Toolbox for student projects with open data

In 2012, a cantonal school in Enge had its students engage with open data as part of a course, and we at were thrilled to report about it. Like at our hackathons, the students divided up into teams and asked questions through data, making hypotheses about youth violence, urban structures, tourism, labor costs, energy consumption and price levels. A central topic in their discussions was the access, availability and quality of open data.

We don’t hear about many projects like this, although I would be surprised if there is any gymnasium which does not have students using open data - and last year I was delighted to not only hear about another such project, but to even get a chance to participate with a small intervention. And so last August, André Golliez and I helped to introduce a room full of students from the Canton of Thurgau IT school in Frauenfeld ( to the process of creating online visualizations and apps with open data used in our community.

Photo from blog.

This was done for a pilot project run by staff of the new Open Government Data project of the canton - - to encourage the students to familiarize and learn from these new data sources with expert support. More background can be found in German on the blog, a Tagblatt article and other recent media releases.

Data pipelines

In an introductory presentation, I suggested ways to select open source tools for analysis and visualization of data through the lens of the School of Data Pipeline. We made in part to support this pilot project.


The resulting 6 student teams took on datasets similar in scope, as they were asked to focus either on environmental or tax data, but diverse in their approach and technical choices. While I’m not at liberty to share screenshots or any other outputs just yet, here is a summary of some of the frameworks they used to realise their ideas:

Project Die Ideale Gemeinde Steuerfusskomperator Thurgau Biomasse-Portal Ideale Gemeinde Steuerfusskomparator Thurgau Naturgefahren
Bootstrap 3.3.7 3.3.7 4.0.0 3.3.7 4.0.0 4.0.0
jQuery 1.12.4 3.2.1 3.2.1 3.2.1 3.2.1 3.2.1
D3.js 3.5.17 3.5.17


Popper.js 1.12.9

jQuery DataTables


Leaflet 1.2.0


Mapbox GL 0.42.1

Google Maps


FontAwesome Y



All the projects used maps, and it is interesting to see here all four of the best known web mapping libraries represented - Leaflet, OpenLayers, Mapbox/OSM, Google. Meanwhile D3.js, Chart.js and DataTables were used to render data. Twitter’s Bootstrap with good old jQuery is the choice starting point for all the projects, though the layouts could hardly have been more dissimilar. Some of the projects used PHP, and it would be interesting to see if they were just querying a database, or doing any remote service calls.

Most of these tools are essential in a good Web data visualisation toolbox. It would be good to add information here on which tools were used in converting, analysing and preparing data, as well as feedback about what worked well and any frustrations.

Thanks to the folks at the OGD office in Thurgau, especially Daniela Koller, Ulrike Baldenweg and Martin Barrucci, for the chance to participate in this exciting pilot, and heartfelt thanks to the students and faculty for applying themselves with outstanding results to the subject. I look forward to see more such experiments take place, hopefully forming into a regular program.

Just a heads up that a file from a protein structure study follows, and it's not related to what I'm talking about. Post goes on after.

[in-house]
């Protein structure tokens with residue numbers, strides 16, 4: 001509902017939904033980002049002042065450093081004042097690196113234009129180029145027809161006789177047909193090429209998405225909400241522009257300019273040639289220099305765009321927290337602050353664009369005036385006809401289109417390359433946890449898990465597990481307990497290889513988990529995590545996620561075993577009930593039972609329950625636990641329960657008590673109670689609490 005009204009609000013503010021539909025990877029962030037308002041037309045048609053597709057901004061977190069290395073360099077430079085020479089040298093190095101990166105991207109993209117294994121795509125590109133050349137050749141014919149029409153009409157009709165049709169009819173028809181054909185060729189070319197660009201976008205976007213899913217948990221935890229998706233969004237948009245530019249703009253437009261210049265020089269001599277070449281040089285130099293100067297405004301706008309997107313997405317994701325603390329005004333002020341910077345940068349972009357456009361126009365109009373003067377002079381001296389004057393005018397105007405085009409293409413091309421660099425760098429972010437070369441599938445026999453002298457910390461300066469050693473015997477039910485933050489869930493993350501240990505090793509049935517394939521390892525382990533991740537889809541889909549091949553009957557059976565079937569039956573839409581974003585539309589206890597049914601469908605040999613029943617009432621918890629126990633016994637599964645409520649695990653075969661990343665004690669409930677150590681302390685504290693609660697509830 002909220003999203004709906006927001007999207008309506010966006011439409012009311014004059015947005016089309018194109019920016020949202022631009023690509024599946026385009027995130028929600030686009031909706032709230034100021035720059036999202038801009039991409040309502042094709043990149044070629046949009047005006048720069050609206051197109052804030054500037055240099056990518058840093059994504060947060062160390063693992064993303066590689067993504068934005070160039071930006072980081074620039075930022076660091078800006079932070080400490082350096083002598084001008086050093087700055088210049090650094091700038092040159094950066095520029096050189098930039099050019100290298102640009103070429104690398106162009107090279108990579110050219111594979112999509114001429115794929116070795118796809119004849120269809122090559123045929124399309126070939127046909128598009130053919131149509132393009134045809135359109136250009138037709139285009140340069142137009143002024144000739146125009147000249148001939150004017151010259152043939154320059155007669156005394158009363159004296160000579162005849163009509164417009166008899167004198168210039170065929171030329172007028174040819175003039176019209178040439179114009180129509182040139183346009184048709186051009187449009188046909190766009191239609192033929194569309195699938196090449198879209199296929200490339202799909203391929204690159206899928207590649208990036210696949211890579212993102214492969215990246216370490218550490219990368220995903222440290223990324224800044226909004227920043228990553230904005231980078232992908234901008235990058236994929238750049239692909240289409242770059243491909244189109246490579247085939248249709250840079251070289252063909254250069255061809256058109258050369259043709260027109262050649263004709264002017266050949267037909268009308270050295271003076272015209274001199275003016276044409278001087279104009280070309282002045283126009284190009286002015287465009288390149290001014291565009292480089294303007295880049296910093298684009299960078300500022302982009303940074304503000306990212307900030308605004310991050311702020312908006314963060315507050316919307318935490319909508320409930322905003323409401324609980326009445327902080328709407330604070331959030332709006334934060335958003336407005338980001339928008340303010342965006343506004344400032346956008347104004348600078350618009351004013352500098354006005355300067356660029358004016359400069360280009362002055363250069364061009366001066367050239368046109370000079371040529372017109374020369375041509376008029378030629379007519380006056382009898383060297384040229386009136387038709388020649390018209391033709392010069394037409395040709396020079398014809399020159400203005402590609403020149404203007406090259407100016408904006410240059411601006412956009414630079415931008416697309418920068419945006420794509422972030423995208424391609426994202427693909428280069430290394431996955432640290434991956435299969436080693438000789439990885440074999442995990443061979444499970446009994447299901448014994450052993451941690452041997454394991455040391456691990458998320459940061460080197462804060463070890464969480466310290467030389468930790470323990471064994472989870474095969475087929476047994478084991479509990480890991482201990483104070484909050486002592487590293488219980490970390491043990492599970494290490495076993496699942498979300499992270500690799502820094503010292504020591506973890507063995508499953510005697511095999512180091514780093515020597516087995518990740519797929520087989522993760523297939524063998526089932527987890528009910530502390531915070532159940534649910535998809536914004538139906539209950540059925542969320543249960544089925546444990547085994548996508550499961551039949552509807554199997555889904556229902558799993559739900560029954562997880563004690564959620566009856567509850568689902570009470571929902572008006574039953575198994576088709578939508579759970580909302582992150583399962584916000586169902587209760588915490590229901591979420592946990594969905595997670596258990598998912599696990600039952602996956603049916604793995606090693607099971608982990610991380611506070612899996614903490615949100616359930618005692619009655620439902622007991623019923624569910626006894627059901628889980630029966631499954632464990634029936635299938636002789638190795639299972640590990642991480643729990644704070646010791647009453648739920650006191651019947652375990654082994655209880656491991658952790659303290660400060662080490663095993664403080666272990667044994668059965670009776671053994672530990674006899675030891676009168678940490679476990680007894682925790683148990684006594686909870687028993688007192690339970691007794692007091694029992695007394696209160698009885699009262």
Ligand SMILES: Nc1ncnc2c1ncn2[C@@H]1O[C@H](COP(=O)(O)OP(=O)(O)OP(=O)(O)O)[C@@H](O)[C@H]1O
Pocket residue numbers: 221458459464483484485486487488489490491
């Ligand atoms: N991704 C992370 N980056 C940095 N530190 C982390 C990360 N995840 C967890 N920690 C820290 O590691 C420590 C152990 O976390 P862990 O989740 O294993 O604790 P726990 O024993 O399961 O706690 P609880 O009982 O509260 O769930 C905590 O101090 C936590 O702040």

If your school is thinking about doing a project with OGD, let me know what you think the best support material or type of learning activities could be! We would be happy to support your needs.

Photo taken by me in Frauenfeld on the first day of the project - CC BY 4.0

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One thing I should add, the students were additionally motivated by an award from Hasler Stiftung. Here is a translation of the press announcement:

Where do you pay the lowest taxes? Or which one is the ideal residential community? As part of the Data Innovation Project computer science students from Frauenfeld have taken the past months to develop applications in order to help answer such questions. The Canton of Thurgau initiated the project, and the Hasler Foundation, with its headquarters in Bern, allotted prize money for the top teams.

In July 2017, the Canton of Thurgau published its first data according to the requirements of Open Government Data (OGD), with new data released at the beginning of last week. These are those data sets of the public authorities administration, open to the general public for free use in machine readable form.

Six groups from two classes of computer science at the Frauenfeld cantonal school developed applications within the Data Innovation Project based on OGD. A jury heard the pitches, looked through the projects under a magnifying glass, and selected two groups as winners.

One group developed a comparator for the tax levels of municipalities, the other group developed an application, which can be used to search for the ideal commune. The Hasler Foundation awarded the two groups of winners 1500 Fr. prize money. Besides this, Matthias Kaiserswerth, who commended the Canton’s OGD initiative and the innovative projects, awarded the classes field trip moneys in the order of 2000 francs. The School plans to continue the project.

Further information is available at

Congrats to all participants, and a thumbs up for plans to continue the project!